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Nanocar Races I & II

In 2013, GNS proposed the organization of a molecule-car race (http://www.cemes.fr/Molecule-car-Race) involving different molecule-vehicles driven one by one, at the same time, by pilots using different scanning tunneling microscopes (STM) but on the same surface [1]. This proposal is the consequence of a long period of GNS research on single molecule mechanics started long ago with the first observation of a single molecule in rotation [2] and followed by the construction of a few molecule(s) machinery like the single molecule-wheelbarrow [3], the molecular rack and pinion [4], the controlled rotation of a single molecule-rotor [5] and the first observation that a single molecule alone has enough power to rotate one way a few atoms [6] or another molecule [7]. This is also the consequence of the GNS long term vision concerning Atomic Scale Technologies (or Atomic Precise Manufacturing) where multiple planar atomic scale precise accesses to a single molecule or to a surface atom by atom fabricated circuits are constantly developed by GNS (see section Atomic scale technologies) for electronics, mechanics, magnetics and optics.

With about 100 atoms, a molecule-vehicle has by definition a chassis equipped with spacer chemical groups to hold it a few angstrom away from the surface, paddles, switchable legs or wheels and a motorization embedded on board [1]. For the first edition of the nanocar Race, pushing its molecule-vehicle using the known pushing, pulling or sliding STM manipulation modes was forbidden forcing each registered team to play with inelastic tunneling and electric field effects for a drive on the Au(111) or Ag(111) surfaces [8]. The 27th of April 2017 at 11:00 am, the departure flag was up in the Toulouse GNS Pico-Lab control room with the 6 selected teams on their starting atomic line, ready to nano-race (see photo below and http://nanocar-race.cnrs.fr).

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The anticipated in 2013 run was 100 nm on a metallic surface with 2 turns (http://www.cemes.fr/Molecule-car-Race). On the 29th of April 2017 at 17:00 pm and after 2 days and one night of intense efforts, the first ever international nano-car race was a success.

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It requires new UHV technologies created on purpose by GNS for this race involving in particular a unique LT-UHV 4-STM i.e. a scanning tunneling microscope with 4 scanners able to scan on the same surface and a special UHV sublimation system with a dedicated masking set-up.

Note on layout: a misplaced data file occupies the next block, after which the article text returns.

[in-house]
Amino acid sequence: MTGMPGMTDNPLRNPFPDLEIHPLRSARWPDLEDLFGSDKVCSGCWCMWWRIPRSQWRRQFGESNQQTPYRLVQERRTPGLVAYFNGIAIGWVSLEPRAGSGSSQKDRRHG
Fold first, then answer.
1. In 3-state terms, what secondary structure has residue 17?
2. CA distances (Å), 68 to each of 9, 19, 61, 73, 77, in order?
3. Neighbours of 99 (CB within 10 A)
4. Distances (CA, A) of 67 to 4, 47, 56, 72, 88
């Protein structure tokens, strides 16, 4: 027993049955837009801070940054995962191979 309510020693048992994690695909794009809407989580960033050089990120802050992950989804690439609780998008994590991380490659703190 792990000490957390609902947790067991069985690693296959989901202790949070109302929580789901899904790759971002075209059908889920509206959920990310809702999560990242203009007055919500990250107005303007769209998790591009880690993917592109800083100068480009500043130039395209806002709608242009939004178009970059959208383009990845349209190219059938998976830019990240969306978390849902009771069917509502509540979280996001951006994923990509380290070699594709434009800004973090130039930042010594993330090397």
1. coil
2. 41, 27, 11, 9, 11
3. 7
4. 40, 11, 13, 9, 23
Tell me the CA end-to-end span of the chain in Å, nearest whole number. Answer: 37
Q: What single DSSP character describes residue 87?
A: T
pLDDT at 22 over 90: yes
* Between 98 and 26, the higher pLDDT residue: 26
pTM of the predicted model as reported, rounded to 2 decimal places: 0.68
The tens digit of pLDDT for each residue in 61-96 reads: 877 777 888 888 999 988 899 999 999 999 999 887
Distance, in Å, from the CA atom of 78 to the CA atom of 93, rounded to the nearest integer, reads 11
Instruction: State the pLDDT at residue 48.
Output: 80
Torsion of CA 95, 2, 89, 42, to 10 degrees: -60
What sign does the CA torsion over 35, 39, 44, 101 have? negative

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GNS participated to its nanocar race with a unique molecule-vehicle whose chemical structure was based on a central curved chassis and four wheels [9]. The molecules were flash sublimated on an Au(111) surface and imaged at low temperature using the scanning tunneling microscope of the LT-UHV 4-STM dedicated to its drive. The curved conformation of the chassis and the consequent moderate interactions of the four wheels with the Au(111) surface have been observed. The dI/dV constant current maps of the tunneling electronic resonances close to the Au(111) Fermi level were recorded to identify the potential energy entry port on the molecular skeleton to trigger and control a driving of the molecule on the Au(111) surface [10]. 

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A lateral pushing mode of molecular manipulation and the consequent recording of the manipulation signals confirm that the wheels can step by step rotate while passing over the Au(111) surface native herringbone reconstructions. Switching a phenyl holding a wheel to the chassis on a given axle was not observed for triggering a lateral molecular motion inelastically. This points out the necessity to encode the sequence of the required wheels action on the profile of potential energy surface of the excited states to be able to drive a molecule-vehicle.

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In 2018, GNS announced the organization of the second edition of the International nano-car race for spring 2021 under the MEMO (Mechanics with molecule(s)) European project. Twenty three teams have declared their interest to participate from all over the world. End on 2019, 10 teams are officially registered and are activally preparing their molecule-vehicle [10]. The GNS Toulouse team in collaboration with Nara University in Japan are preparing their new molecule-car.


[1]: C. Joachim, G. Rapenne, ACS Nano, 7, 11-14 (2013).
[2]: J.K. Gimzewski, C. Joachim, R.R. Schlittler, V. Langlais, H. Tang, J. Johanson,
Science, 281, 531 (1998).
[3]: C. Joachim, H. Tang, F. Moresco, G. Rapenne, G. Meyer, Nanotechnology, 13, 330 (2002).
[4]: F. Chiaravalloti, L. Gross, K.H. Rieder, S. Stojkovic, A. Gourdon, C. Joachim, F. Moresco, Nature Mat., 6, 30 (2007).
[5]: U.G.E. Perera, F. Ample, H. Kersell, Y. Zhang, G. Vives, J. Echeverria, M. Grisolia, G. Rapenne, C. Joachim, S.-W. Hla, Nature Nano, 8, 46 (2013). 
[6]: R. Ohmann, J. Meyer, A. Nickel, J. Echevaria, C. Joachim, F. Moresco, G. Cuniberti,, ACS Nano, 9, 8394 (2015).
[7]: P. Mishra, J.P. Hiel, W.V. Rossom, S. Yoshizawa, M. Grisolia, J. Echeveria, T. Ono, K. Ariga, T.Nakayama, C. Joachim, T. Uchihashi, NanoLett., 15, 4793 (2015).
[8]: F. Eisenhut, C. Durand, F. Moresco, J.P. Launay, C. Joachim, Eur. Phys. J. AP, 76, 10001 (2016).
[9]: H.P. Jacquot de Rouville, R. Garbage, R.E. Cook, A.R. Pujol, A.M. Sirven, G. Rapenne, Chem. Eur. J. 8, 3023 (2012).
[10] : W.-H. Soe, C. Durand, O. Guillermet, S. Gauthier, H.-P. Jacquot de Rouville, S. Srivastava, C. Kammerer, G. Rapenne and C. Joachim, Nanotechnology, 7, 495401 (2018).